“Pow! Take that! And that!” You look on as two innocent kids proceed to hit each other with lightsabers and pretend to chop each other’s heads off—not quite what you thought childhood play should look like. But should you ban superhero play, or try to keep it nonviolent?
Dr. Stuart Brown, the founder and president of the National Institute for Play, and author of Play: How It Shapes the Brain, Opens the Imagination, and Invigorates the Soul, says the answer is not as simple as you might think.
Sure, superhero play can seem like nothing more than violence, violence and more violence, but there’s a lot going on beneath the surface of this controversial rough-and-tumble play. “Empowerment is an innate need and desire, and the empowerment that a child receives through mimicking a superhero is not an abnormal urge, by any means,” Brown says. By allowing your child to experiment with how it feels to be Batman, you’re allowing him to feel a sense of empowerment that kids need.
Research in Perspective
Some research shows that violent adults may have gotten their start on the playground, pretending to be superheroes, but these studies can be misleading, Brown says. “If there has been abuse, or if taboos of violence within a home are broken—due to issues such as parental violence, sibling cruelty or methodical bullying—it can lead to a distortion of what would be normal rough-and-tumble play,” he says. But kids who grow up in a healthy environment aren’t as likely to engage in the same behavior, he says, and superhero play helps kids feel more in control of themselves and the world around them, which can improve their social skills.
Even if the superhero play starts off as fun for both children, keep an eye out just in case it starts getting too rough. “If two kids are wrestling, and one kid is being pinned, and they’re smiling at each other while it happens … that’s fine,” says Brown. But if one child is enjoying it and the other is definitely not, it’s time for some adult intervention. Help them understand where one of them stepped over the line and how they can resolve the conflict next time.
Superhero play can be a lot of fun, and it can help little ones identify with different types of people—including bullies and victims. But make sure that your kid knows how to stand up for himself or for others if superhero play becomes cruel. “There’s a difference between teasing and deep humiliation of a fellow player,” Brown says. “Teasing is an important and normal part of kids’ interchanges. But when it goes over the line, which it does on occasion, it’s time to step in.” Talk to the offending child about how he would feel if she were put in the same situation.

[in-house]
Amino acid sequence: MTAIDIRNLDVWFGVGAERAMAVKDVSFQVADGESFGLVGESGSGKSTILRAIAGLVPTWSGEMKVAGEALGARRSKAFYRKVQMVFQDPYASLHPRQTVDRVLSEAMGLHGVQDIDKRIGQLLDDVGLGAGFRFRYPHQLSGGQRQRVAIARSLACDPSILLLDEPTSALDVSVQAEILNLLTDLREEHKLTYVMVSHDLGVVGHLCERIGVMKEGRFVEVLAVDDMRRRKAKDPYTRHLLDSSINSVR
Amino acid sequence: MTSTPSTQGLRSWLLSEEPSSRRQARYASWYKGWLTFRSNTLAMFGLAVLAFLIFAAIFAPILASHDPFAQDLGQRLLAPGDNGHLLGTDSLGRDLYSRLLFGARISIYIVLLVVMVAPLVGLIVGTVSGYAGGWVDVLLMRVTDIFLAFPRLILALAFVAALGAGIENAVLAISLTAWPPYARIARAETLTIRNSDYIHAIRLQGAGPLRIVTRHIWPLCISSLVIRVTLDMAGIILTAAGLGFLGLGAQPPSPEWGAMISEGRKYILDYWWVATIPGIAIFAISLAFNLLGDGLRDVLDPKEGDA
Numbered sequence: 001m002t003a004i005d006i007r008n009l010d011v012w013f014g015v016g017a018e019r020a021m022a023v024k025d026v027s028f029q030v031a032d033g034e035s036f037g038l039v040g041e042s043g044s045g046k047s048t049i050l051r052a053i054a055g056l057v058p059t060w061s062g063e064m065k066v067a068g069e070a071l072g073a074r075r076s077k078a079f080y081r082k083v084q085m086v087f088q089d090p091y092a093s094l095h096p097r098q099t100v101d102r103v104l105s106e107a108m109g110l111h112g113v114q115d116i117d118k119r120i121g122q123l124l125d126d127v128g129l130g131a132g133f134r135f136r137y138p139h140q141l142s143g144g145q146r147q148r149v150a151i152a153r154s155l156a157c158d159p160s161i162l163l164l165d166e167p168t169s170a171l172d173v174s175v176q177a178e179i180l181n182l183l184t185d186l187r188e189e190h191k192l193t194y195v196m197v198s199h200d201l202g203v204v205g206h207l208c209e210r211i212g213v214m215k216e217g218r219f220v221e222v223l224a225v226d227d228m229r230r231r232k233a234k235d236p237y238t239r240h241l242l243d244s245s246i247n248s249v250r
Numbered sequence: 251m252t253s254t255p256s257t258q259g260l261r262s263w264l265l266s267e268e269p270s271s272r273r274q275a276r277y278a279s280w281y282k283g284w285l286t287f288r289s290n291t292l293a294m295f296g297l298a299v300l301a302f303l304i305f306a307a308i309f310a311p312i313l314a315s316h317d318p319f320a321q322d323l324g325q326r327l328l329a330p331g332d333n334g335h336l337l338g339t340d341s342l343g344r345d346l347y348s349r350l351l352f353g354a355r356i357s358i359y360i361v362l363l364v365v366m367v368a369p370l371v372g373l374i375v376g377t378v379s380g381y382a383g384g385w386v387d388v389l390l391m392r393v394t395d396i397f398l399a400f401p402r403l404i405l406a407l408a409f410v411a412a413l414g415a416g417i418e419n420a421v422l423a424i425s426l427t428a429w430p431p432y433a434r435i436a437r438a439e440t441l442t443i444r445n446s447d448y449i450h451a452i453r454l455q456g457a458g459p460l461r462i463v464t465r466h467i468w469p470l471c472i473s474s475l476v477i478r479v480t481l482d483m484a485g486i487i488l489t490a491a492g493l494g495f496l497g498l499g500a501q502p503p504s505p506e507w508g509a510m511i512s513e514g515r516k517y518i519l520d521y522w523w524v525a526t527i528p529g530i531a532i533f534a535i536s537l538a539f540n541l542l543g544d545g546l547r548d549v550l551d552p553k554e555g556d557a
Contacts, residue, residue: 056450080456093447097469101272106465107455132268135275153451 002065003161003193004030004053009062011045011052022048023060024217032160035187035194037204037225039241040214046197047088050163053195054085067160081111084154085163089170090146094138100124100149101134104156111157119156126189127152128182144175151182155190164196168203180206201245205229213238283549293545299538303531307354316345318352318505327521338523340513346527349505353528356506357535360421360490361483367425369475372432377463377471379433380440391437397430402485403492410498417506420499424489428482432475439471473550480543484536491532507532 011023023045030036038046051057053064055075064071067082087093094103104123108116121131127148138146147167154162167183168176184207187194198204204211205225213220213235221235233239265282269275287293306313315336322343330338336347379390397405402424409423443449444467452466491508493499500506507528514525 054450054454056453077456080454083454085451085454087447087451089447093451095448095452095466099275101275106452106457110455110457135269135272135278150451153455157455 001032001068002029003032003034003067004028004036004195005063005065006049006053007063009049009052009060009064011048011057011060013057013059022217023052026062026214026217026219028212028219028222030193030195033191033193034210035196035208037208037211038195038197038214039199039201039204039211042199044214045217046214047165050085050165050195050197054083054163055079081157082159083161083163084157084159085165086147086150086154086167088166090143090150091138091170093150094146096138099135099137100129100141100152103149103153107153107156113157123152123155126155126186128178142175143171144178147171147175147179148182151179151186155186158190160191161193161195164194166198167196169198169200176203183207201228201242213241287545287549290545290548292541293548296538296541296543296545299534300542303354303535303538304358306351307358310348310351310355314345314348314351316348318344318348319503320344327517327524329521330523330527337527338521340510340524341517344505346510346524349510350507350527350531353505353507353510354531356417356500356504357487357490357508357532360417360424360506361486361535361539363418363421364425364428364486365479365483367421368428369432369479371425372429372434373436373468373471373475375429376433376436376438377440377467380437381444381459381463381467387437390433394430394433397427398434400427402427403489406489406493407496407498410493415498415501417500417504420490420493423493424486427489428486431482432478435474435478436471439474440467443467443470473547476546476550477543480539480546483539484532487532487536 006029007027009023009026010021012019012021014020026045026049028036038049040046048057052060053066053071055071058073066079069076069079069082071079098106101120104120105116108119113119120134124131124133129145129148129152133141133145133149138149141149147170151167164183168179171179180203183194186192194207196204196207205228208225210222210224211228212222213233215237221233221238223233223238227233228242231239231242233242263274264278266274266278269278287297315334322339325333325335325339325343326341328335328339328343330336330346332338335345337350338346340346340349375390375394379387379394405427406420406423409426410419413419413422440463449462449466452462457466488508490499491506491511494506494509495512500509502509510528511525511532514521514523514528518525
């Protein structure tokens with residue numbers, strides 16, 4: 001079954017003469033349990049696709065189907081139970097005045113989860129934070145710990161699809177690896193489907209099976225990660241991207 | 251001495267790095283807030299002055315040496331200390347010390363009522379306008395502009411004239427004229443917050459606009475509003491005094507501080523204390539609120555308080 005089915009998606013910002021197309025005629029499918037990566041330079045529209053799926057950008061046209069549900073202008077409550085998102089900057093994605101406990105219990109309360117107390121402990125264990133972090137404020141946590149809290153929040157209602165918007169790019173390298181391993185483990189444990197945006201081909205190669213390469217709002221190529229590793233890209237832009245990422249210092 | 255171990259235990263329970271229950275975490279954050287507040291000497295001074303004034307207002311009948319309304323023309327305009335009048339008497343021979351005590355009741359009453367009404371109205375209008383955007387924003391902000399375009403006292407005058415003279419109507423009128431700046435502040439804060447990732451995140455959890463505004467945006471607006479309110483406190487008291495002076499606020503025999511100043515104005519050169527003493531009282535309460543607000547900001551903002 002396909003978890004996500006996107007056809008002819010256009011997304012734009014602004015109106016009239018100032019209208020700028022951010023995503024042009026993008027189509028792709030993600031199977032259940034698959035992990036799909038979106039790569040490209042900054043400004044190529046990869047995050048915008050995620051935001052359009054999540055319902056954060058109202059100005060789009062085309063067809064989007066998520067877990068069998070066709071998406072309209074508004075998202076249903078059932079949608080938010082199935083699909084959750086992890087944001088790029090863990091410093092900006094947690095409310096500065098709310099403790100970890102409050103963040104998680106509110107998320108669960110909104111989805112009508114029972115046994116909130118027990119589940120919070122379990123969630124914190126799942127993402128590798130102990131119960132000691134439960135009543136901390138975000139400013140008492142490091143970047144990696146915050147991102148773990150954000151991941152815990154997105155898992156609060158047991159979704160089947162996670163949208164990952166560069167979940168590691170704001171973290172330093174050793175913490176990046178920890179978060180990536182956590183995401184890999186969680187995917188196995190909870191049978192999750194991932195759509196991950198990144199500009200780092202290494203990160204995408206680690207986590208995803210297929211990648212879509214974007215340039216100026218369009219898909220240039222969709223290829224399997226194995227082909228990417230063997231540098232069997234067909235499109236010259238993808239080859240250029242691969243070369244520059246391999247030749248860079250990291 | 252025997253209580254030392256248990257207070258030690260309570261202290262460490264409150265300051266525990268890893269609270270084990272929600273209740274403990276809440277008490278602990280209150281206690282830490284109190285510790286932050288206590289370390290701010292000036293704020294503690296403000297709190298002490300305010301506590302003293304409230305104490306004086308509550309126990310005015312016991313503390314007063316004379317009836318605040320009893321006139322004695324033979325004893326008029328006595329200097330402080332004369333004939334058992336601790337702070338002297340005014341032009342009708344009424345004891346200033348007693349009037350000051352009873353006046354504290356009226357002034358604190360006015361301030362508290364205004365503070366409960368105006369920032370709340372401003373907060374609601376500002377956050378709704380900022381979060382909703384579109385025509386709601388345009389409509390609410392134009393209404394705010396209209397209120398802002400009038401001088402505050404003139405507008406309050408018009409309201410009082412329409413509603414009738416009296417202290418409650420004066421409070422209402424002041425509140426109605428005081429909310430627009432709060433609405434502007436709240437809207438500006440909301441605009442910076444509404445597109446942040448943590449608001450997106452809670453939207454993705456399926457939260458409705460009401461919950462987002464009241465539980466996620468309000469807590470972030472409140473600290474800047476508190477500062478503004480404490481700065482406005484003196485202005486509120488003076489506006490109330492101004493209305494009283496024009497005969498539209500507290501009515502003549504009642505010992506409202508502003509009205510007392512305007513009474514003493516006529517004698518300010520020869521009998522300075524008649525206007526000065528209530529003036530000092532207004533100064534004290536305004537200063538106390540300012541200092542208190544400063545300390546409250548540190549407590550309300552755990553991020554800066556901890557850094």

Exceptions to the Rule
For a child with “fairly serious ADHD who is impulse-ridden and has some of the organic signs of really serious hyperactivity and impulse control,” superhero play can create issues that are probably better to avoid, says Brown. Keep in mind, however, that these kids represent the minority of kids with ADHD—those with extreme symptoms that can make intense play dangerous.
Another exception to the rule involves mismatched pairs of kids—for example, an introverted younger sibling and an extroverted, fearless older sibling. In this case, parents should protect the younger child and help the older child gain the necessary social skills to make superhero play safe and appropriate.
Think that superhero play is devoid of moral values? Think again. Most superheroes put their lives on the line to catch criminals and help people in need or trouble. Point out these qualities of character. “Moral characteristics that can be instilled in the heroic narrative, even if they aren’t always as immediately viscerally exciting, are important content to try to convey,” Brown suggests. Kids want to challenge the world and to change it for the better. Tap into that drive by pointing out the ways that superheroes are trying their hardest to do the right thing.
The next time your child dresses up in a cape and tights, stop cringing. Instead, use the opportunity to teach him about the world and about his own ability to reach great heights—figuratively, if not literally.